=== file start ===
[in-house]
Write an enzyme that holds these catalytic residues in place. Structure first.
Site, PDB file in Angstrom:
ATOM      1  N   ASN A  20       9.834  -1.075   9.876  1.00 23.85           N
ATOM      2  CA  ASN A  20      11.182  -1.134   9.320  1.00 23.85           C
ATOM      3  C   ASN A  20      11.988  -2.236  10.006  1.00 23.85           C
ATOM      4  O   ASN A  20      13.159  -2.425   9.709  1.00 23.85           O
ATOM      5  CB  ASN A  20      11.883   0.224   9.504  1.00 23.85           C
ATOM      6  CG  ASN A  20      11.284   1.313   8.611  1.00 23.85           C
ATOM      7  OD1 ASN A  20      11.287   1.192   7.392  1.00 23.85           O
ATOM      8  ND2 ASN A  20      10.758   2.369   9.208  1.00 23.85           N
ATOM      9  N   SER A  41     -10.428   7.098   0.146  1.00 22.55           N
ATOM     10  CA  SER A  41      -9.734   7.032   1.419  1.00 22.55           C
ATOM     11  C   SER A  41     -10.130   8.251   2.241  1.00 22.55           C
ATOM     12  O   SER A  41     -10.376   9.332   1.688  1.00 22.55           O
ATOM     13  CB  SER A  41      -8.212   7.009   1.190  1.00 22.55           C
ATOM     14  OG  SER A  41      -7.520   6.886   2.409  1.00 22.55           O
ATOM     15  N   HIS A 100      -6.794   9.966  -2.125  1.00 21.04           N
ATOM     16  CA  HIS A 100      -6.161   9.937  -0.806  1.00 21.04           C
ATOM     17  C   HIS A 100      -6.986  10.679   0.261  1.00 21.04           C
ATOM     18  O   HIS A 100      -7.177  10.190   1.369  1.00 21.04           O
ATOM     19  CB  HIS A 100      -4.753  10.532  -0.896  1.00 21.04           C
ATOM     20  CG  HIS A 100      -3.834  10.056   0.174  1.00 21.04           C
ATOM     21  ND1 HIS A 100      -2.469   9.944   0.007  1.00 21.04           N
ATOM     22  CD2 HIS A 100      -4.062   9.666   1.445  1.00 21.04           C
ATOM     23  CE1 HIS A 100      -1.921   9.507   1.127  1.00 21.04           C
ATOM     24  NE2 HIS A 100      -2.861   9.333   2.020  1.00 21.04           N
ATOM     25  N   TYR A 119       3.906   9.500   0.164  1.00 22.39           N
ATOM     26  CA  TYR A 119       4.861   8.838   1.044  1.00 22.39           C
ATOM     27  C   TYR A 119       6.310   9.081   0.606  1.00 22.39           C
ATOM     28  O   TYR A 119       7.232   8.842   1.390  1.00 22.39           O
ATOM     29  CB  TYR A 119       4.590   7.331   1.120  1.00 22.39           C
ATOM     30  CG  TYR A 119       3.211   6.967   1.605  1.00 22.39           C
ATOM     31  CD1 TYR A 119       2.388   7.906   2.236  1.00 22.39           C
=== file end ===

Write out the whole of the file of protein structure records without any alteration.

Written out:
[in-house]
Write an enzyme that holds these catalytic residues in place. Structure first.
Site, PDB file in Angstrom:
ATOM      1  N   ASN A  20       9.834  -1.075   9.876  1.00 23.85           N
ATOM      2  CA  ASN A  20      11.182  -1.134   9.320  1.00 23.85           C
ATOM      3  C   ASN A  20      11.988  -2.236  10.006  1.00 23.85           C
ATOM      4  O   ASN A  20      13.159  -2.425   9.709  1.00 23.85           O
ATOM      5  CB  ASN A  20      11.883   0.224   9.504  1.00 23.85           C
ATOM      6  CG  ASN A  20      11.284   1.313   8.611  1.00 23.85           C
ATOM      7  OD1 ASN A  20      11.287   1.192   7.392  1.00 23.85           O
ATOM      8  ND2 ASN A  20      10.758   2.369   9.208  1.00 23.85           N
ATOM      9  N   SER A  41     -10.428   7.098   0.146  1.00 22.55           N
ATOM     10  CA  SER A  41      -9.734   7.032   1.419  1.00 22.55           C
ATOM     11  C   SER A  41     -10.130   8.251   2.241  1.00 22.55           C
ATOM     12  O   SER A  41     -10.376   9.332   1.688  1.00 22.55           O
ATOM     13  CB  SER A  41      -8.212   7.009   1.190  1.00 22.55           C
ATOM     14  OG  SER A  41      -7.520   6.886   2.409  1.00 22.55           O
ATOM     15  N   HIS A 100      -6.794   9.966  -2.125  1.00 21.04           N
ATOM     16  CA  HIS A 100      -6.161   9.937  -0.806  1.00 21.04           C
ATOM     17  C   HIS A 100      -6.986  10.679   0.261  1.00 21.04           C
ATOM     18  O   HIS A 100      -7.177  10.190   1.369  1.00 21.04           O
ATOM     19  CB  HIS A 100      -4.753  10.532  -0.896  1.00 21.04           C
ATOM     20  CG  HIS A 100      -3.834  10.056   0.174  1.00 21.04           C
ATOM     21  ND1 HIS A 100      -2.469   9.944   0.007  1.00 21.04           N
ATOM     22  CD2 HIS A 100      -4.062   9.666   1.445  1.00 21.04           C
ATOM     23  CE1 HIS A 100      -1.921   9.507   1.127  1.00 21.04           C
ATOM     24  NE2 HIS A 100      -2.861   9.333   2.020  1.00 21.04           N
ATOM     25  N   TYR A 119       3.906   9.500   0.164  1.00 22.39           N
ATOM     26  CA  TYR A 119       4.861   8.838   1.044  1.00 22.39           C
ATOM     27  C   TYR A 119       6.310   9.081   0.606  1.00 22.39           C
ATOM     28  O   TYR A 119       7.232   8.842   1.390  1.00 22.39           O
ATOM     29  CB  TYR A 119       4.590   7.331   1.120  1.00 22.39           C
ATOM     30  CG  TYR A 119       3.211   6.967   1.605  1.00 22.39           C
ATOM     31  CD1 TYR A 119       2.388   7.906   2.236  1.00 22.39           C